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Source: European Economic and Social Committee

The European Economic and Social Committee (EESC) adopted the opinion From Farm to Fork: a sustainable food strategy at its September Plenary session, following the European Commission’s communication on the Farm to Fork Strategy – for a fair, healthy and environmentally-friendly food system. As an integral part of the European Green Deal, this is the first EU strategy claiming to encompass the entirety of the food chain.

The EESC has for years been at the forefront of promoting a comprehensive EU food policy, with the aim of providing healthy diets from sustainable food systems, linking agriculture to nutrition and ecosystem services and ensuring supply chains that protect public health for the whole of European society.

In the Committee’s view, the proposed Farm to Fork strategy does not reflect these objectives sufficiently.

The lessons learned from COVID-19

The COVID-19 crisis has successfully tested the strength and resilience of Europe’s agri-food system, and thus proven the security of food supply in the EU, but it has also shown that getting food from farm to fork cannot be taken for granted, says the EESC’s rapporteur on the issue, Peter Schmidt.

One of the many solutions proposed by the Commission and supported by the EESC, is to invest EUR 10 billion in research and innovation on food, the bioeconomy, natural resources, agriculture, fisheries, aquaculture and the environment, as well as in the use of digital technologies and nature-based solutions to help accelerate the transition.

While the additional EUR 15 billion proposed under the COVID-19 recovery package for rural development and agri-food research is also welcome and necessary, it is no replacement for long-term commitments, says EESC co-rapporteur, Jarmila Dubravská.

A CAP fit for purpose

A crucial tool for accomplishing the strategy is the Common Agriculture Policy (CAP) budget, as it represents around 40% of total EU expenditure. Therefore, the EESC argues, the CAP budget must not be decreased or even kept at the current level, but should instead be increased in line with those objectives. We have to adjust the CAP to match the strategy, rather than the other way around, argues Peter Schmidt. Cuts to rural development funding could be detrimental, given that it contains some of the most relevant tools for supporting the transition.

According to the EESC, the strategy also fails to address sustainable land management and access to land. This is a major omission, given that it is one of the main obstacles to renewing the farming population, without which the EU’s basis for sustainable and productive farming will be lost. At the same time, the income-support function of CAP payments is vital and will remain so for years to come, even as steps are taken to ensure that food prices reflect the true costs.

Promoting fair food supply chains with fair prices

The EESC stresses that fair food prices (prices that reflect the true cost of production for the environment and society) are the only way to achieve sustainable food systems in the long term. The EU and the Member States should take action to ensure that farmgate prices stay above the costs of production and that healthy diets become easier to achieve. This will require deploying the full range of public governance tools, from tough fiscal measures to information-based approaches, to make the true costs visible.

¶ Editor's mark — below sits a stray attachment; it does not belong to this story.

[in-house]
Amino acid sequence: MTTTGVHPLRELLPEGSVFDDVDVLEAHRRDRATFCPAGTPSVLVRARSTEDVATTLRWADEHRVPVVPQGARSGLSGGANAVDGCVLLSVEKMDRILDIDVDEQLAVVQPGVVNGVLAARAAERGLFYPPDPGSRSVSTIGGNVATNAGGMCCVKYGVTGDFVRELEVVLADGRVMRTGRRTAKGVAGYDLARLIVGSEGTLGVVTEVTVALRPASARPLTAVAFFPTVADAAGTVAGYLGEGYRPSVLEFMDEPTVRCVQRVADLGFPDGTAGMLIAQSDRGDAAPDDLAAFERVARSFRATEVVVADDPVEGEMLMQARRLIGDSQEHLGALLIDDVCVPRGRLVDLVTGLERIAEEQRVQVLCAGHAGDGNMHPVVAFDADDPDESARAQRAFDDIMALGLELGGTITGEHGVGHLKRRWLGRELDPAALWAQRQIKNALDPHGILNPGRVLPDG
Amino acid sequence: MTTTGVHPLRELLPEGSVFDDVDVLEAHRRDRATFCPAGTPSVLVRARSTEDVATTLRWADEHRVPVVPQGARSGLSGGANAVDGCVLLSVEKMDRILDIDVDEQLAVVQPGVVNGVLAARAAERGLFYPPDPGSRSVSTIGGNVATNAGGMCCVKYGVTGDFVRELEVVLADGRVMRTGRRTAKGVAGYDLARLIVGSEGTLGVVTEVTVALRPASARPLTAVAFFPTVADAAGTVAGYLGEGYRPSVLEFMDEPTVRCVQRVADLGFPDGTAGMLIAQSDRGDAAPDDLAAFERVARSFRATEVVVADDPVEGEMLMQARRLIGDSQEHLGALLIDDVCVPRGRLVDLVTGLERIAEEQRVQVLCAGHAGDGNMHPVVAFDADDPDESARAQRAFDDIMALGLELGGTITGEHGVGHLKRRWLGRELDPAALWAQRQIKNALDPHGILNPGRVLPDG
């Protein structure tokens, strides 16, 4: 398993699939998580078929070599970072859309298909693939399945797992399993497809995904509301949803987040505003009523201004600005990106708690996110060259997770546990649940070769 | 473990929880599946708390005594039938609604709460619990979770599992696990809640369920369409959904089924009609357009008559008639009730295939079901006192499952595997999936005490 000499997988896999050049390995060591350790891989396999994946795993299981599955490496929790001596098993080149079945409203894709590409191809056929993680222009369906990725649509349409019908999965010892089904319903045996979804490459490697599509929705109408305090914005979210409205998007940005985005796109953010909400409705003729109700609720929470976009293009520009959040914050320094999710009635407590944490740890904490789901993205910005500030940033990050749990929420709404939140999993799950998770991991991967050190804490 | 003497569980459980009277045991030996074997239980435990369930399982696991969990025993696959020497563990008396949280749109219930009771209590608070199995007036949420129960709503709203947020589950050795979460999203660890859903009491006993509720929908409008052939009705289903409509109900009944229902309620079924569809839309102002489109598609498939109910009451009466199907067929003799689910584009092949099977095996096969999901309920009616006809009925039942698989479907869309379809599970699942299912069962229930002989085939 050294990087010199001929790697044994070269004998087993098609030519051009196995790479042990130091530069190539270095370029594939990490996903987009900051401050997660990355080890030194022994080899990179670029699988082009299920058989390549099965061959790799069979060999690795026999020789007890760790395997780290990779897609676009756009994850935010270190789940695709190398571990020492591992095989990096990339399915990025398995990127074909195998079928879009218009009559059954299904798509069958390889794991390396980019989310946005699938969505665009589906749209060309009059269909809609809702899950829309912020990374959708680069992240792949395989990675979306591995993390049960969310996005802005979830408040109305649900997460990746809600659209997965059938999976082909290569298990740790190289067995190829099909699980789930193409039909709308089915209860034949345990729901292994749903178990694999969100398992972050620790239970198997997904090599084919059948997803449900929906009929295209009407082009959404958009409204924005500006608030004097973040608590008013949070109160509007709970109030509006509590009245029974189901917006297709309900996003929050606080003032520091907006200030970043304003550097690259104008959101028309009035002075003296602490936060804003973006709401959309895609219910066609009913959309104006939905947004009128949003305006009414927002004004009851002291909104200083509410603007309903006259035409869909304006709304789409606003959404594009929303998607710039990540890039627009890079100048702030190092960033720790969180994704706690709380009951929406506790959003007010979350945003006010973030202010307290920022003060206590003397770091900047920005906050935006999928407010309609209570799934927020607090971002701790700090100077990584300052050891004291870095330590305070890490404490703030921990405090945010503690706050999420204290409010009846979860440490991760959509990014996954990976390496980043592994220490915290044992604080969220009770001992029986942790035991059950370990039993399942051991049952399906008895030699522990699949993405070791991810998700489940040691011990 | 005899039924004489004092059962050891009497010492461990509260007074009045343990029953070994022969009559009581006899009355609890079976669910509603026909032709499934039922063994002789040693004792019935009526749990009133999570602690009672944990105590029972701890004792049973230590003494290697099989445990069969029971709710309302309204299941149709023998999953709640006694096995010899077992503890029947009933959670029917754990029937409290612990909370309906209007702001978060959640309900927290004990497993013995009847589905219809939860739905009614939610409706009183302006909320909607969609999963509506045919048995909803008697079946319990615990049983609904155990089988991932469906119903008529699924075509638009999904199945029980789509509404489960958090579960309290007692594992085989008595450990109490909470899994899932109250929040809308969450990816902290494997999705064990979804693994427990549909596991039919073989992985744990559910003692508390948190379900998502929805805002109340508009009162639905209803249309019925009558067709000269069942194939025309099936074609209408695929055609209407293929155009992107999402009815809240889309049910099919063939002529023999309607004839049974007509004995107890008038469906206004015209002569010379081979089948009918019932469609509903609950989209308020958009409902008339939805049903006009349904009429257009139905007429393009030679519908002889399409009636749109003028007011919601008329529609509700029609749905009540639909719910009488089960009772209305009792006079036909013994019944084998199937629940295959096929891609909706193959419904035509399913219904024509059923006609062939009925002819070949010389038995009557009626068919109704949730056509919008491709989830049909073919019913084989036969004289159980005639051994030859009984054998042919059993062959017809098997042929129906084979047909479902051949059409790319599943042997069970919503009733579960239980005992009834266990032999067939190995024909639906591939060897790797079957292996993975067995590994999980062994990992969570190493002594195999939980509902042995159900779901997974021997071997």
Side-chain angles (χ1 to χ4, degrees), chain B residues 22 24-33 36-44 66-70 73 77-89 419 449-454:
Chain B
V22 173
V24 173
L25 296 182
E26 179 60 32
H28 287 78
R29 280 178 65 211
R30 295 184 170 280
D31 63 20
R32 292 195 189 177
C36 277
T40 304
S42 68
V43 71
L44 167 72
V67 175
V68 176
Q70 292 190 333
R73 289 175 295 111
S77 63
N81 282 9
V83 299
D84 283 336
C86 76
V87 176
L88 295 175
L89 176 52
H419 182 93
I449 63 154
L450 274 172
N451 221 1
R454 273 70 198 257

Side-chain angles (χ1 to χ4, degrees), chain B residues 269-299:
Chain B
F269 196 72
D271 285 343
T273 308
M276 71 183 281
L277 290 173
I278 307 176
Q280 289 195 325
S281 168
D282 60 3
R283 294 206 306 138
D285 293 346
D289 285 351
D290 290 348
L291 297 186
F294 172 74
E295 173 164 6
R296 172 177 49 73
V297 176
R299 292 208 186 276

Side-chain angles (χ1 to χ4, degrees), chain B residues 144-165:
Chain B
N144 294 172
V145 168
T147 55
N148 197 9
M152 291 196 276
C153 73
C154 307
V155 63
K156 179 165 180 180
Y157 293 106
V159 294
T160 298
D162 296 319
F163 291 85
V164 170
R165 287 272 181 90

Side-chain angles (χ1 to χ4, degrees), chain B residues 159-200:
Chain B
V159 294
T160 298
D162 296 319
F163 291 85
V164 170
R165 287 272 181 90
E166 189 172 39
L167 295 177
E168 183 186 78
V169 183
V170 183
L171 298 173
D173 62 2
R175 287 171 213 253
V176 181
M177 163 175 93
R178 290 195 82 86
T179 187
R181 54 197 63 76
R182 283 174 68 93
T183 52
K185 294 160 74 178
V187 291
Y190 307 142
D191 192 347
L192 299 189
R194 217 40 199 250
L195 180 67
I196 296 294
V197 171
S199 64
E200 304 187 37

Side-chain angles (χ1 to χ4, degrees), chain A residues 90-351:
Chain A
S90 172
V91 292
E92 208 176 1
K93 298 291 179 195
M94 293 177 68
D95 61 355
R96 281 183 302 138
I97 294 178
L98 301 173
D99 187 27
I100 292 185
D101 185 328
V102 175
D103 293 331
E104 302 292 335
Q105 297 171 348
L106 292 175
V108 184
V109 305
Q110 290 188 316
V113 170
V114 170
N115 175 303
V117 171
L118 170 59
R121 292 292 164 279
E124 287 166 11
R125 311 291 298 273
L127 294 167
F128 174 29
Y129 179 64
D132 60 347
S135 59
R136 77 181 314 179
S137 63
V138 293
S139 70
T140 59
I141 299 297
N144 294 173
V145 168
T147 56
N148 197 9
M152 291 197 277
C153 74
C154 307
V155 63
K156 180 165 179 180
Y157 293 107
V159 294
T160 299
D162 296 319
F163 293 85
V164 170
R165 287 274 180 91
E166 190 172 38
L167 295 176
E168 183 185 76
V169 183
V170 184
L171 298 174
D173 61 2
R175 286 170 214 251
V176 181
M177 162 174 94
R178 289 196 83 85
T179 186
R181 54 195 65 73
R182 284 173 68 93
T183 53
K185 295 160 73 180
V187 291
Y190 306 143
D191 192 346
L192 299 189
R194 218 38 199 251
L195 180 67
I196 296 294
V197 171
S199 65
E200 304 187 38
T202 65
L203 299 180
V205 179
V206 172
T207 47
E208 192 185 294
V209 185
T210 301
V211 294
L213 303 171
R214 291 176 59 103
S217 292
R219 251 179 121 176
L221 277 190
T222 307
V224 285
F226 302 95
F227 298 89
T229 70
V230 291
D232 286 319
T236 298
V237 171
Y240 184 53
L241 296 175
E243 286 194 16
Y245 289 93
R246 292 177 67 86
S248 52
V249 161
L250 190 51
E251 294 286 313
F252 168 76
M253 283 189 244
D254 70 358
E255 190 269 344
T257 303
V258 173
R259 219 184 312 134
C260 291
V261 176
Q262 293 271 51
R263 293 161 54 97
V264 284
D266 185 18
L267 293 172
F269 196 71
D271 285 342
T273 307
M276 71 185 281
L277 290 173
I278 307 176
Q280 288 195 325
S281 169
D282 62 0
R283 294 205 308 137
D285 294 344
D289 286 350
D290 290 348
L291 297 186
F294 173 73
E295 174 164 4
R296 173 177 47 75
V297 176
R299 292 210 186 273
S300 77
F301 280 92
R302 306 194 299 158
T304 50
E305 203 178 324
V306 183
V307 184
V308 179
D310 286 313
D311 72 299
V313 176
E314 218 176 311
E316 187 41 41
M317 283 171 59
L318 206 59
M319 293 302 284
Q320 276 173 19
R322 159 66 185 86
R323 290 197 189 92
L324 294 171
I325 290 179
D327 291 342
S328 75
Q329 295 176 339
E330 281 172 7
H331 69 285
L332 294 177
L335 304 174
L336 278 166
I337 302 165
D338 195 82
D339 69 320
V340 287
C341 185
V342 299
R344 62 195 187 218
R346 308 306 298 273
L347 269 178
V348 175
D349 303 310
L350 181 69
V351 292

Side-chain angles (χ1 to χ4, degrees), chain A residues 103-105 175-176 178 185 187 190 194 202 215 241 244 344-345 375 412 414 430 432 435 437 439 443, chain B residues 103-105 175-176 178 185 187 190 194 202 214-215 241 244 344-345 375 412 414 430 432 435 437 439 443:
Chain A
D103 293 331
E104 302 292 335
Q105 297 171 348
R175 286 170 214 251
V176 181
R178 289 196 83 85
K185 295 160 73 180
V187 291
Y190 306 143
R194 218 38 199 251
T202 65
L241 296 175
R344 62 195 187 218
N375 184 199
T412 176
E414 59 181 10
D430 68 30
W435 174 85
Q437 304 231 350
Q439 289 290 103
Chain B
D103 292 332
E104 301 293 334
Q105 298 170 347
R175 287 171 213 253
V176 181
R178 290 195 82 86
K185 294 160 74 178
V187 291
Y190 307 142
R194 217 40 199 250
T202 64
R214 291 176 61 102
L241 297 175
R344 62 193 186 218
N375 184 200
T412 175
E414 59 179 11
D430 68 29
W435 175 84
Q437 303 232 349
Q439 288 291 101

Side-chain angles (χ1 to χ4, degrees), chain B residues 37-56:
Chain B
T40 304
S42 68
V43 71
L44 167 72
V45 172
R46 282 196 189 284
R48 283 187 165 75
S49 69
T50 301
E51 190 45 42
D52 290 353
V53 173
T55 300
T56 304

We need to bring more fairness into the market and we need to make people understand the value of food, says Peter Schmidt.

Farmgate prices today often do not even cover production costs. The food supply chain is particularly vulnerable to unfair trading practices, due to major imbalances between operators and between producers with long-term commitments and more flexible traders. The EESC has already proposed a number of solutions in its opinions and these must now be put into practice, adds Jarmila Dubravská.

Improving food system governance – towards a European Food Policy Council

The Farm to Fork Strategy lacks effective governance mechanisms. A wide range of stakeholders across food systems has a role to play in overseeing the development and implementation of the strategy. While improved cooperation between existing bodies should be prioritised, a dedicated multi-stakeholder governance structure will be needed.

The option of a European Food Policy Council, as put forward in previous EESC opinions, should be explored. Food policy councils already exist at local level, bringing together diverse food system stakeholders in a specific area to resolve challenges, reconnecting cities to food production in the surrounding regions and ensuring effective governance of local and regional food policies.

Strengthening the external dimension

Another major concern for EU farmers is that of seeing production standards rise in Europe, while having to compete with imported products that do not comply with sustainability targets. At the same time, cheap imports often mean high social and environmental costs in non-EU countries. Without changes in EU trade policies, the strategy’s objectives will not be met. The Committee therefore urges the EU to ensure genuinely reciprocal standards in preferential trade agreements.

Europe and the world have a long way to go to become fully sustainable. One thing is certain, however: the current system is not working. Europe knows the right direction to take and we have the tools and the know-how to get there. Let us also prove that we have the necessary political will and commitment, and show the way to others, concludes the rapporteur.

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